WASHINGTON -- The U.S. House of Representatives late on December 18 impeached President Donald Trump, advancing the proceedings to the Senate for a trial on whether to convict and remove him from office.
The 45th president becomes only the third U.S. president to be formally charged for high crimes and misdemeanors as prescribed in the constitution.
He was impeached on two counts: abuse of power and obstruction of Congress. Both articles were passed in the Democratic-led House of Representatives.
They relate to Trump, a Republican, abusing his presidential power by enlisting the help of a foreign ally, Ukraine, to investigate a political rival ahead of the 2020 election.
On the second charge, Trump is accused of withholding thousands of documents that the House had requested during the fact-finding component of the impeachment inquiry and blocking witnesses from testifying before the investigative congressional panels.
At a campaign rally in Michigan, Trump said the Democrats “are trying to nullify the ballots of tens of millions of patriotic Americans,” in reference to the 2016 presidential election that he won.
Trump said: “By the way, it doesn’t really feel like we’re being impeached.”
He has previously described the impeachment inquiry as a “witch hunt” and the congressional panels that heard witness testimony as a “kangaroo court.”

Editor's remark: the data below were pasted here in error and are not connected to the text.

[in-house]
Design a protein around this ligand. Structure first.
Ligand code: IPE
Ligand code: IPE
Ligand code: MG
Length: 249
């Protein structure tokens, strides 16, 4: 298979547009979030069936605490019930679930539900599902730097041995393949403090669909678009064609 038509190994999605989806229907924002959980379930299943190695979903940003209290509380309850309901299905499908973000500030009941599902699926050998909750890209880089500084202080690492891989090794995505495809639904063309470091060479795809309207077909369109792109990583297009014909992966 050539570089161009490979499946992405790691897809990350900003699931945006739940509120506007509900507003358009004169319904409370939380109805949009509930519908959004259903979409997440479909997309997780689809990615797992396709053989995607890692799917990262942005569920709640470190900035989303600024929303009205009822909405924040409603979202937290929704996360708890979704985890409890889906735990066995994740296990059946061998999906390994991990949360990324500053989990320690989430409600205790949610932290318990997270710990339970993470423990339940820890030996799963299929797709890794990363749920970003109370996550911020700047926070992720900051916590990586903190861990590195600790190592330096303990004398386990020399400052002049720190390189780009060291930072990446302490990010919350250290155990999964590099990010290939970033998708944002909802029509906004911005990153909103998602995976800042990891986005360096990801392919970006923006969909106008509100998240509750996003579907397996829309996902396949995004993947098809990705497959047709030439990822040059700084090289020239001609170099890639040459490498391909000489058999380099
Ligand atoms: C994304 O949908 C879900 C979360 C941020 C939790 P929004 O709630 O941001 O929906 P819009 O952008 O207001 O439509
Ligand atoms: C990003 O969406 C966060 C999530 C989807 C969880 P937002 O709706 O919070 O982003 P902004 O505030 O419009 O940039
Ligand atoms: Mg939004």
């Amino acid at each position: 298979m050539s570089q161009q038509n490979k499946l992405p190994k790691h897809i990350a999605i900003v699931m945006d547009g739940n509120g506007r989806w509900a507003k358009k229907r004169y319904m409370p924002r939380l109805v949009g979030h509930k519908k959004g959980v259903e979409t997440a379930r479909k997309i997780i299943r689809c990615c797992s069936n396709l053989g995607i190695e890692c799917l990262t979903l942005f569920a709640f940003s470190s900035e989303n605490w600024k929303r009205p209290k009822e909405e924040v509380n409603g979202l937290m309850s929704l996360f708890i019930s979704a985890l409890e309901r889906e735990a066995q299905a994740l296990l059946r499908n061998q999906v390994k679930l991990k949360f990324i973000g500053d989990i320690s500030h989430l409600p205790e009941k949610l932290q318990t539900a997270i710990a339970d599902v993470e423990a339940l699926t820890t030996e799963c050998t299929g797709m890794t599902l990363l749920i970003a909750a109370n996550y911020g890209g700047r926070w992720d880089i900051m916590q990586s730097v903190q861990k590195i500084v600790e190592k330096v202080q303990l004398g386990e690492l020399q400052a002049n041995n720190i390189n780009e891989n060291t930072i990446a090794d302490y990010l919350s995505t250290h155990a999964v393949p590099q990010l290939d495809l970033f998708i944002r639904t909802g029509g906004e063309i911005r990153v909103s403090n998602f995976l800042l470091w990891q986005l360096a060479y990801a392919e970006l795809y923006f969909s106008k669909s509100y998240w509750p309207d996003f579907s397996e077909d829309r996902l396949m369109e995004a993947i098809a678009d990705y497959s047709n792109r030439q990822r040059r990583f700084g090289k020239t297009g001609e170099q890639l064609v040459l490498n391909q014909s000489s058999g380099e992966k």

The articles of impeachment are the equivalent of an indictment and now will go to the upper legislative chamber, the Senate, for a trial that is expected to convene in January and which will be presided over by the chief justice of the Supreme Court, John Roberts.
However, minutes after the impeachment vote, House speaker Nancy Pelosi (Democrat-California) wouldn’t say when or whether she would send the articles of impeachment to the Senate.
Instead, she said “we’ll see what happens” regarding her intentions to send the articles to the Senate. Pelosi said that House Democrats could not name whom they would send as prosecutors in a Senate trial until they know more about how the Senate will conduct a trial.
A majority vote of two-thirds is needed for conviction. Since Republicans control the Senate, an acquittal is expected.